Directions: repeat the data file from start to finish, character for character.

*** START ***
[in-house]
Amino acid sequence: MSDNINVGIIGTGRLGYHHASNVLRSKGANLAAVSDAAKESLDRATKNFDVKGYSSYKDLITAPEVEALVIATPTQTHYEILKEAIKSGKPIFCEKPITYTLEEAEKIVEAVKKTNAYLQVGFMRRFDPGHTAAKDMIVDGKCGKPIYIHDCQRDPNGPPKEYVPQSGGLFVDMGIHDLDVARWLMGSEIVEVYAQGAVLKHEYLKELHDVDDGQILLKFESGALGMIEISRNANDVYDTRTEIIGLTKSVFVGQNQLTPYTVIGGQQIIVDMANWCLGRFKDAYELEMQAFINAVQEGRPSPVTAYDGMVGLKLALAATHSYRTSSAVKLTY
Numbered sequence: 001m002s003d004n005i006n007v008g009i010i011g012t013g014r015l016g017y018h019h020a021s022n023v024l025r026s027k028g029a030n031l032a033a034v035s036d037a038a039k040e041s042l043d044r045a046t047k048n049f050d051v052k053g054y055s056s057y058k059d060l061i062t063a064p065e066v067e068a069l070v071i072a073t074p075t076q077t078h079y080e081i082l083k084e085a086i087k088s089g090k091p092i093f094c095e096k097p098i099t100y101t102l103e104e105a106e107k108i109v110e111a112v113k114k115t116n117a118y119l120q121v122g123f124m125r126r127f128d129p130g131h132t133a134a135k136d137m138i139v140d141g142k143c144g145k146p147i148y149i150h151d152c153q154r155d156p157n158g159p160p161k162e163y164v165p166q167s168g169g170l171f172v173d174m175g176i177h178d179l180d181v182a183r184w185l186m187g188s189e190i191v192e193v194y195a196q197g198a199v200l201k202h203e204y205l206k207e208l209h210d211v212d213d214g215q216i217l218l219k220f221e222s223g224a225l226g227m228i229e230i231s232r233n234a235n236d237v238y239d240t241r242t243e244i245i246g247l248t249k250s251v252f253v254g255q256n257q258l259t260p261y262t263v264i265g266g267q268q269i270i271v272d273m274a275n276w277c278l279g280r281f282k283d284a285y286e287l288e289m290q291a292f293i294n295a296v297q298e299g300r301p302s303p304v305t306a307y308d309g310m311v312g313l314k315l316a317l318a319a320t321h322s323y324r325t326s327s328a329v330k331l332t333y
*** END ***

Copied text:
[in-house]
Amino acid sequence: MSDNINVGIIGTGRLGYHHASNVLRSKGANLAAVSDAAKESLDRATKNFDVKGYSSYKDLITAPEVEALVIATPTQTHYEILKEAIKSGKPIFCEKPITYTLEEAEKIVEAVKKTNAYLQVGFMRRFDPGHTAAKDMIVDGKCGKPIYIHDCQRDPNGPPKEYVPQSGGLFVDMGIHDLDVARWLMGSEIVEVYAQGAVLKHEYLKELHDVDDGQILLKFESGALGMIEISRNANDVYDTRTEIIGLTKSVFVGQNQLTPYTVIGGQQIIVDMANWCLGRFKDAYELEMQAFINAVQEGRPSPVTAYDGMVGLKLALAATHSYRTSSAVKLTY
Numbered sequence: 001m002s003d004n005i006n007v008g009i010i011g012t013g014r015l016g017y018h019h020a021s022n023v024l025r026s027k028g029a030n031l032a033a034v035s036d037a038a039k040e041s042l043d044r045a046t047k048n049f050d051v052k053g054y055s056s057y058k059d060l061i062t063a064p065e066v067e068a069l070v071i072a073t074p075t076q077t078h079y080e081i082l083k084e085a086i087k088s089g090k091p092i093f094c095e096k097p098i099t100y101t102l103e104e105a106e107k108i109v110e111a112v113k114k115t116n117a118y119l120q121v122g123f124m125r126r127f128d129p130g131h132t133a134a135k136d137m138i139v140d141g142k143c144g145k146p147i148y149i150h151d152c153q154r155d156p157n158g159p160p161k162e163y164v165p166q167s168g169g170l171f172v173d174m175g176i177h178d179l180d181v182a183r184w185l186m187g188s189e190i191v192e193v194y195a196q197g198a199v200l201k202h203e204y205l206k207e208l209h210d211v212d213d214g215q216i217l218l219k220f221e222s223g224a225l226g227m228i229e230i231s232r233n234a235n236d237v238y239d240t241r242t243e244i245i246g247l248t249k250s251v252f253v254g255q256n257q258l259t260p261y262t263v264i265g266g267q268q269i270i271v272d273m274a275n276w277c278l279g280r281f282k283d284a285y286e287l288e289m290q291a292f293i294n295a296v297q298e299g300r301p302s303p304v305t306a307y308d309g310m311v312g313l314k315l316a317l318a319a320t321h322s323y324r325t326s327s328a329v330k331l332t333y